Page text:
New York Reaches $104M Consent Decree in Water Contamination Lawsuit Against Northrop Grumman

New York and Northrop Grumman reached the agreement just days after the state filed a lawsuit against the aerospace manufacturer over hazardous chemicals released into drinking water

The state of New York and Northrop Grumman have agreed on a consent decree to clean up water contamination linked to a former facility in Bethpage, after the state filed a toxic tort lawsuit against the aerospace technologies manufacturer.

The settlement was announced this weekend, after the state filed a complaint (PDF) against the manufacturer in the U.S. District Court for the Eastern District of New York on July 13. The lawsuit was filed by the state,

According to a press release issued by New York Attorney General Letitia James and New York Governor Kathy Hochul, the consent decree includes a deal which would see Northrop Grumman pay the state $104 million to clean up what is known as the Bethpage plume, which is the largest groundwater contamination site in the Long Island area.

The plume has caused trichloroethylene and 1,4 dioxane  contamination of drinking water supplies in the Bethpage and South Farmingdale water districts and stretches for four miles. The agreement, which must be approved by a federal judge, would require the company to come up with a way to stop the plume from spreading further.

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“Every New Yorker deserves access to safe, clean water, and we will continue to advance bold, aggressive efforts to protect our environment and ensure it is free of contamination,” Governor Hochul said in the press release. “With this historic agreement, we are delivering justice to Long Island communities that for too long have been negatively impacted by the groundwater plume, while holding polluters accountable for their actions.”

The agreement would see Northrop Grumman reimburse the state for cleanup costs, create a citizen participation working group to provide better information to the public, and includes a five-year schedule during which Grumman must complete all the goals outlined in the agreement.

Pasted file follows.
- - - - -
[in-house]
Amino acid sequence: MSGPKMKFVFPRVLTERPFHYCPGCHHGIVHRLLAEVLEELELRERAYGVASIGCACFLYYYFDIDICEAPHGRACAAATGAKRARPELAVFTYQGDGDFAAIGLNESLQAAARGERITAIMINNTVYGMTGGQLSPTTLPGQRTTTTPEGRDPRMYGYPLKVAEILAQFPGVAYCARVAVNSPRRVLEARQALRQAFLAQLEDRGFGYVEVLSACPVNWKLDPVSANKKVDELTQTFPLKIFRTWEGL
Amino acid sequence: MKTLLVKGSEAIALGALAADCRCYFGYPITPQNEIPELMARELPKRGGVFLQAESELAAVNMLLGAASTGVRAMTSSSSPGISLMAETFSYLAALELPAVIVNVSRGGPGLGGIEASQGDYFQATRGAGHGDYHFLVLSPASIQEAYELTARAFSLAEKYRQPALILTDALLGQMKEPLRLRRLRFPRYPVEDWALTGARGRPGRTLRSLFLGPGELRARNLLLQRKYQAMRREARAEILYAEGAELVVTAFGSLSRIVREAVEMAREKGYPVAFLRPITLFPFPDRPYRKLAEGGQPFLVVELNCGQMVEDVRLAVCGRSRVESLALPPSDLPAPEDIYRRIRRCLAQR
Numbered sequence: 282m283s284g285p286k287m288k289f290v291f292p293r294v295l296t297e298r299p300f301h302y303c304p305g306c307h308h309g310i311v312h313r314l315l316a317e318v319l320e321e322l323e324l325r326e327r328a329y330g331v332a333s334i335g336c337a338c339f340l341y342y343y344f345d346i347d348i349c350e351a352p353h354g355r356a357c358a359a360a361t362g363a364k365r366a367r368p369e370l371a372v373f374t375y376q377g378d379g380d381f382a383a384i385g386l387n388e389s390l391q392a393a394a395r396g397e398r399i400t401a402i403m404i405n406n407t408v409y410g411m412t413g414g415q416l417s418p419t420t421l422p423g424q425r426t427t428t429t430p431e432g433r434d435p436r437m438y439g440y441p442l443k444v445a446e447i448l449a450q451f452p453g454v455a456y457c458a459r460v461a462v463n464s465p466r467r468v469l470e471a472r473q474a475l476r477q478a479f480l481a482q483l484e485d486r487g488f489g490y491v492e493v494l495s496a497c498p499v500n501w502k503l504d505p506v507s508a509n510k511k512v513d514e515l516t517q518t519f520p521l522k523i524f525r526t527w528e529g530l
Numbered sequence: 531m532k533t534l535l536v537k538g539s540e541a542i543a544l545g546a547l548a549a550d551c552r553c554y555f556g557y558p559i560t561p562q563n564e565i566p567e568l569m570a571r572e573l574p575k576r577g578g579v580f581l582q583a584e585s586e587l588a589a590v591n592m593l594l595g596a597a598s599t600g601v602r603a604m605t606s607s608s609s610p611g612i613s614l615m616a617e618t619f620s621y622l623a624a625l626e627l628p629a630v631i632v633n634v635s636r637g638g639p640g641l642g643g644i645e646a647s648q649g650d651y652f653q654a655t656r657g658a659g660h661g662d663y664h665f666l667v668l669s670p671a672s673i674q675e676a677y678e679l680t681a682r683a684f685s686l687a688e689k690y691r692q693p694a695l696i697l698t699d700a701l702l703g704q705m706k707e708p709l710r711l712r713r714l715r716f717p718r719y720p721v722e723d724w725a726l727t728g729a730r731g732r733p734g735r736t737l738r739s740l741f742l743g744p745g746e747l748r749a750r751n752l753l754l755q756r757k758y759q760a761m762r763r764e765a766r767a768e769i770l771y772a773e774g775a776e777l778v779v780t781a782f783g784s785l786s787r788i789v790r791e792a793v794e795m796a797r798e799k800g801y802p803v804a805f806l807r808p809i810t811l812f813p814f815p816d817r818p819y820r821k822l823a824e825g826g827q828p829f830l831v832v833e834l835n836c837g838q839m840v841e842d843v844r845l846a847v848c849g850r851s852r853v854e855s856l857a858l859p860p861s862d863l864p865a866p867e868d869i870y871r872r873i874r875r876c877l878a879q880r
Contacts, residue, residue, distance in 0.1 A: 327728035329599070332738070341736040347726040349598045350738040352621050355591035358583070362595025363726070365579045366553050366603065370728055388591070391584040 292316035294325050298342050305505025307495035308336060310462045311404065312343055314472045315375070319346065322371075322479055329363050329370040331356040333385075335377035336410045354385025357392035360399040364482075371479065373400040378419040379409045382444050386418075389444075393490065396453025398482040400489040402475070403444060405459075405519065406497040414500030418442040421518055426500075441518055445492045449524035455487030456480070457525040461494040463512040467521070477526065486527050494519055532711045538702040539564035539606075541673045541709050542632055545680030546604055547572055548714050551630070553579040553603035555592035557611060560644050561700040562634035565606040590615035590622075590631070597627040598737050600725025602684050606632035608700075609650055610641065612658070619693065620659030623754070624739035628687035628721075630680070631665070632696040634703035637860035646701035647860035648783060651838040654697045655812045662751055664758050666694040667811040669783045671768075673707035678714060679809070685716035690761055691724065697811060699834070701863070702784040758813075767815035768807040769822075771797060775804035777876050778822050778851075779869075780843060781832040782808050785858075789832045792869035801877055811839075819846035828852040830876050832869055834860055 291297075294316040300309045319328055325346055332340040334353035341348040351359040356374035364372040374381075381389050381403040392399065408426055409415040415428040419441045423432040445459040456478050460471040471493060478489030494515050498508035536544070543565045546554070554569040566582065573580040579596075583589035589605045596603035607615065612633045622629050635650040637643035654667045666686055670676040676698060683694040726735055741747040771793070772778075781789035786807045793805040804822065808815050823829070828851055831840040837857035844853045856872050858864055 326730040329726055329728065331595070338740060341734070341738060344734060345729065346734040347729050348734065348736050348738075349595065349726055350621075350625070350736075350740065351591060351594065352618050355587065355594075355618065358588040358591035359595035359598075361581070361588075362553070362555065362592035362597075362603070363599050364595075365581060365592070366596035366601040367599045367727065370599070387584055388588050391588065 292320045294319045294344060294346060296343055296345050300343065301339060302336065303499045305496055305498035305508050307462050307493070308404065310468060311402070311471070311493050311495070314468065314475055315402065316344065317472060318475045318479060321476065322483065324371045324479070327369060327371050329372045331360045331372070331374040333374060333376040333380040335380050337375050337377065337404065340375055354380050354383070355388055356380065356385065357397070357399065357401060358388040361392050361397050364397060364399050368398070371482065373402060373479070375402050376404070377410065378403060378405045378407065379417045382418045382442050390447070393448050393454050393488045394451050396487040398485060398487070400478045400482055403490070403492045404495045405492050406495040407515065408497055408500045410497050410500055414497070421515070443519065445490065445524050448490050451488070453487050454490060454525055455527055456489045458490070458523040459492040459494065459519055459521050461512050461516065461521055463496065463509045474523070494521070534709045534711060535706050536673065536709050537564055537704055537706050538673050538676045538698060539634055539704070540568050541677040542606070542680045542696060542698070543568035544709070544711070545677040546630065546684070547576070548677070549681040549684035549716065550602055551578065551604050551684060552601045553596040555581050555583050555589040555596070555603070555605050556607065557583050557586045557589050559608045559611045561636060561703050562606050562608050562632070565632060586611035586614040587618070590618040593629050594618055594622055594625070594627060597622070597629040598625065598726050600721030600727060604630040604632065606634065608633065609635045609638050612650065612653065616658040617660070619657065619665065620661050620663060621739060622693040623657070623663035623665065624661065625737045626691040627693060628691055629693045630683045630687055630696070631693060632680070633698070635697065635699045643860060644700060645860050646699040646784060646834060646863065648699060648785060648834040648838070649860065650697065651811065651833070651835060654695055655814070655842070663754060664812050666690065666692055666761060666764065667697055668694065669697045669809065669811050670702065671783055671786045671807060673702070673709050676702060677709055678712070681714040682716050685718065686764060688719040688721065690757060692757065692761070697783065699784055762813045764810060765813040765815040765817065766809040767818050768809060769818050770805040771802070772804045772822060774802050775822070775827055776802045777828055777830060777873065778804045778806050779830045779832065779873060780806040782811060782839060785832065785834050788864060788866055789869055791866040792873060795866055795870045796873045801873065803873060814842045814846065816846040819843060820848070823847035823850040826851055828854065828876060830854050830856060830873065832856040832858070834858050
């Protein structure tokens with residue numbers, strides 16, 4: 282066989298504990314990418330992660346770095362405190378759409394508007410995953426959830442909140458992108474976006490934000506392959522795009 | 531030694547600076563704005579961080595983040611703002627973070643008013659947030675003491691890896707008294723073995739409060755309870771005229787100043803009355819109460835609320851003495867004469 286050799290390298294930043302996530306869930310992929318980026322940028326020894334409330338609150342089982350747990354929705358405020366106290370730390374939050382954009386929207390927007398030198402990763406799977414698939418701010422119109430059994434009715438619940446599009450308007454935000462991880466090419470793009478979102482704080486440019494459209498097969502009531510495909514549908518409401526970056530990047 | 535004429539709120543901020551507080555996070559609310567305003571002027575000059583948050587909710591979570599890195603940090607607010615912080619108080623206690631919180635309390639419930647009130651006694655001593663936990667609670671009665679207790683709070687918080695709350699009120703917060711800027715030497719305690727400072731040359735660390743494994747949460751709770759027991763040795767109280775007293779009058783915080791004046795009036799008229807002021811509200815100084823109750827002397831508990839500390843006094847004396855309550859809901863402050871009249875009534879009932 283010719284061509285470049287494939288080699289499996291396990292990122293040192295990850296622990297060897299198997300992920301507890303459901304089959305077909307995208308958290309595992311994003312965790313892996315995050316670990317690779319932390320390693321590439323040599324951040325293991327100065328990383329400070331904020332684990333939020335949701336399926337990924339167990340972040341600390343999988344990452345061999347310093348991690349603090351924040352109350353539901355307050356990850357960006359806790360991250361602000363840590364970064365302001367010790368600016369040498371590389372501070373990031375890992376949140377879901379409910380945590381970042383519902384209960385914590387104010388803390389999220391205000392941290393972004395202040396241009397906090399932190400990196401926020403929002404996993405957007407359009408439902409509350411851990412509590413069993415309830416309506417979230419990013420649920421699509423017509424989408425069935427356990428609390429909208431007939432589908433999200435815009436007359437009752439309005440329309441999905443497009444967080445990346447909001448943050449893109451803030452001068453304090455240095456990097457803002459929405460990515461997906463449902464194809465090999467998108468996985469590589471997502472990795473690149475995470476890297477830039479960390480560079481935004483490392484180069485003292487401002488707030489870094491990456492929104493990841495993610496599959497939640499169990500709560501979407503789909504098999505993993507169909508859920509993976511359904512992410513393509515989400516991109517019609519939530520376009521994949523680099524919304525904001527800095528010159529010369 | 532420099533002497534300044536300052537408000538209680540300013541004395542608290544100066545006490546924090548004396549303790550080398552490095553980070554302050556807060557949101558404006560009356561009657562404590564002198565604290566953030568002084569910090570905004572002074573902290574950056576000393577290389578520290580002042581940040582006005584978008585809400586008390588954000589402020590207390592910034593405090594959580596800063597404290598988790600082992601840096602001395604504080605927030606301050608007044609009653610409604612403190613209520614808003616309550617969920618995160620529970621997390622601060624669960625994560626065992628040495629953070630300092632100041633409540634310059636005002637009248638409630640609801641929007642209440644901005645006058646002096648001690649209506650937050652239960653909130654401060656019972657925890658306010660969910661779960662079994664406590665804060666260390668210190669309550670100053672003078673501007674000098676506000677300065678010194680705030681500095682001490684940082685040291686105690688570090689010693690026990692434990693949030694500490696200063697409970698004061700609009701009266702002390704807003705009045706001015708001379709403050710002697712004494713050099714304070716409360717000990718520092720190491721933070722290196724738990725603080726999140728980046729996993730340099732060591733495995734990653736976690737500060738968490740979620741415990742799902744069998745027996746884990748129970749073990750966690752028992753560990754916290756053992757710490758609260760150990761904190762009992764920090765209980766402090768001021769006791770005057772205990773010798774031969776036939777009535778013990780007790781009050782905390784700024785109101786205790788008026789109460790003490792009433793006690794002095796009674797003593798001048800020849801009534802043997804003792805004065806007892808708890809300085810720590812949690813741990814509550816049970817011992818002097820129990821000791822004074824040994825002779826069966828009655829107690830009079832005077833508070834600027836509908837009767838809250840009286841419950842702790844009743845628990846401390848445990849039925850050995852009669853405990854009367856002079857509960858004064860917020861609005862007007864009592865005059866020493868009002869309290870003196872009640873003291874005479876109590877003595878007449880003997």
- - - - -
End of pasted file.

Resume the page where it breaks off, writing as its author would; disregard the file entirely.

The U.S. Navy is also partly responsible for the contamination, according to the press release, and has already agreed to assist in certain parts of the cleanup operations.

PFAS Lawsuits Over Water Contamination

The contamination problems are similar to those caused by similar releases of per- and polyfluoroalkyl (PFAS) chemicals from other military bases and production facilities. Amid medical evidence linking the chemicals to a myriad of side effects, even at low levels of exposure, a number of PFAS water contamination lawsuits are now being filed by individuals diagnosed with cancer or ulcerative colitis after years of drinking tainted tap water.

The complaints allege that chemical manufacturers covered up evidence of PFAS health risks for years, and knew or should have known that individuals could develop serious injuries after exposure to PFAS chemicals in the local tap water, which builds up over time when the chemicals are improperly dumped or naturally run-off from use in firefighting foams.

As of October 2021, the Environmental Working Group (EWG) has identified 2,854 locations in the U.S. that have confirmed PFAS water contamination in public and private systems. Of those, nearly 400 military installations have been confirmed to have ground water contaminated with PFAS, while contamination is suspected, but not yet confirmed, at hundreds of others.

As a result of the findings, other states have also begun filing PFAS lawsuits against manufacturers in recent years over contaminating drinking water sources. Each of the claims have raised similar allegations that manufacturers have released the toxic chemicals into the local water supply, damaging the state’s natural resources, leading to a public health crisis and costly remediation efforts.


  • JackMarch 28, 2023 at 4:53 pm

    So that's why it tasted sweet on some days and tarty on others..

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